Three species of Nepenthes pitcher plants from Borneo engage in a mutualistic interaction with mountain tree shrews, the basis of which is the exchange of nutritional resources. The plants produce modified toilet pitchers that produce copious amounts of exudates, the latter serving as a food source for tree shrews. The exudates are only accessible to the tree shrews when they position their hindquarters over the pitcher orifice. Tree shrews mark valuable resources with faeces and regularly defecate into the pitchers when they visit them to feed. Faeces represent a valuable source of nitrogen for these Nepenthes species, but there are many facets of the mutualism that are yet to be investigated. These include, but are not limited to, seasonal variation in exudate production rates by the plants, behavioral ecology of visiting tree shrews, and the mechanism by which the plants signal to tree shrews that their pitchers represent a food source. Further research into this extraordinary animal-plant interaction is required to gain a better understanding of the benefits to the participating species.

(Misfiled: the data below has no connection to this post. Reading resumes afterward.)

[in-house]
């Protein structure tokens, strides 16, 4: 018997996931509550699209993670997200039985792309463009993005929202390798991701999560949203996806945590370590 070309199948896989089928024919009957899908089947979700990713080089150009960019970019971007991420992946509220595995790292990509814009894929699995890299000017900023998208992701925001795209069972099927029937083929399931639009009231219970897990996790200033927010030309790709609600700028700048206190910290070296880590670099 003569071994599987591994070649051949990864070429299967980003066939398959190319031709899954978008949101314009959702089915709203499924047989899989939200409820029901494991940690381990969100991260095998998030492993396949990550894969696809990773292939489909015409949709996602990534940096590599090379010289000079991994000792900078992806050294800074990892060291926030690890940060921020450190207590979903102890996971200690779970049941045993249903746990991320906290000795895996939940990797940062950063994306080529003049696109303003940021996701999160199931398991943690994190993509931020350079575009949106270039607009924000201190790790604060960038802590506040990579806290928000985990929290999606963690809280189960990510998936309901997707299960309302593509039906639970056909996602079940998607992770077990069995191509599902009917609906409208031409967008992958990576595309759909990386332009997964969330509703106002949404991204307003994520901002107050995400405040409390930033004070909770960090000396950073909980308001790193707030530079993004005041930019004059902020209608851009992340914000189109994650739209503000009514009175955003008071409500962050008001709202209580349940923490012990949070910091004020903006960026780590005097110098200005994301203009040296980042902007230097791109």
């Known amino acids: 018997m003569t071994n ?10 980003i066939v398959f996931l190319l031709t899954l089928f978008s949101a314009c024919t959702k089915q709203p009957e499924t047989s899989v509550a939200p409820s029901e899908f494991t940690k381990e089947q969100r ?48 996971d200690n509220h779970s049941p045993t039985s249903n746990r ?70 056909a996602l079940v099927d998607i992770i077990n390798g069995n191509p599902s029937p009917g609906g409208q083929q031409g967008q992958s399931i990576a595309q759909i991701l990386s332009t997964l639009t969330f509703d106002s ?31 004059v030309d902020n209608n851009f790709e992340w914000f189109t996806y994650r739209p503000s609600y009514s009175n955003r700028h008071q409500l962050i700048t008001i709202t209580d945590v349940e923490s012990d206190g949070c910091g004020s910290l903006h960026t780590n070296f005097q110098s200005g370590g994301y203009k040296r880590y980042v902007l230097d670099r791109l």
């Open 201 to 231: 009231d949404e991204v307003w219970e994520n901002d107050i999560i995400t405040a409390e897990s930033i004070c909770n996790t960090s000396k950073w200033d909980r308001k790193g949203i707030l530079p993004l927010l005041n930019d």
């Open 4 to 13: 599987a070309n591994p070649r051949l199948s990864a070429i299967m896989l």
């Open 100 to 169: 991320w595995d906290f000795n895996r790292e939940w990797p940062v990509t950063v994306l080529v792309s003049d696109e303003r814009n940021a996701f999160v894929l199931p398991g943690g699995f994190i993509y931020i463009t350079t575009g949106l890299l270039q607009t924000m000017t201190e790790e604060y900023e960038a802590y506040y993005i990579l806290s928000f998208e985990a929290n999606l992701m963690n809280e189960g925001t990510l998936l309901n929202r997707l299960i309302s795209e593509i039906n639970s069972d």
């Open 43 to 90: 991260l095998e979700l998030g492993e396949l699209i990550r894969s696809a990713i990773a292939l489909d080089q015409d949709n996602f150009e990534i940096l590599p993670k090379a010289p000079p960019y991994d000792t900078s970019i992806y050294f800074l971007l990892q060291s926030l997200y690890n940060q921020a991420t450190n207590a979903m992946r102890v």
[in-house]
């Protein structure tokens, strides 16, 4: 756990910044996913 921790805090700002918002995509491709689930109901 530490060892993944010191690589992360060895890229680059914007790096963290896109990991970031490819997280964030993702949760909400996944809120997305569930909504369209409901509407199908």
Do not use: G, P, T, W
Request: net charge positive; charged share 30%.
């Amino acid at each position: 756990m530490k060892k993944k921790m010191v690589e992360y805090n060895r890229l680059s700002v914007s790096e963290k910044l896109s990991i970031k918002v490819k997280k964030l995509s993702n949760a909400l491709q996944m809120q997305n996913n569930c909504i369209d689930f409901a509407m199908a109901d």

|Pages (from-to)||1187 - 1189|
|Number of pages||3|
|Journal||Plant Signaling and Behavior|
|Publication status||Published - 2010|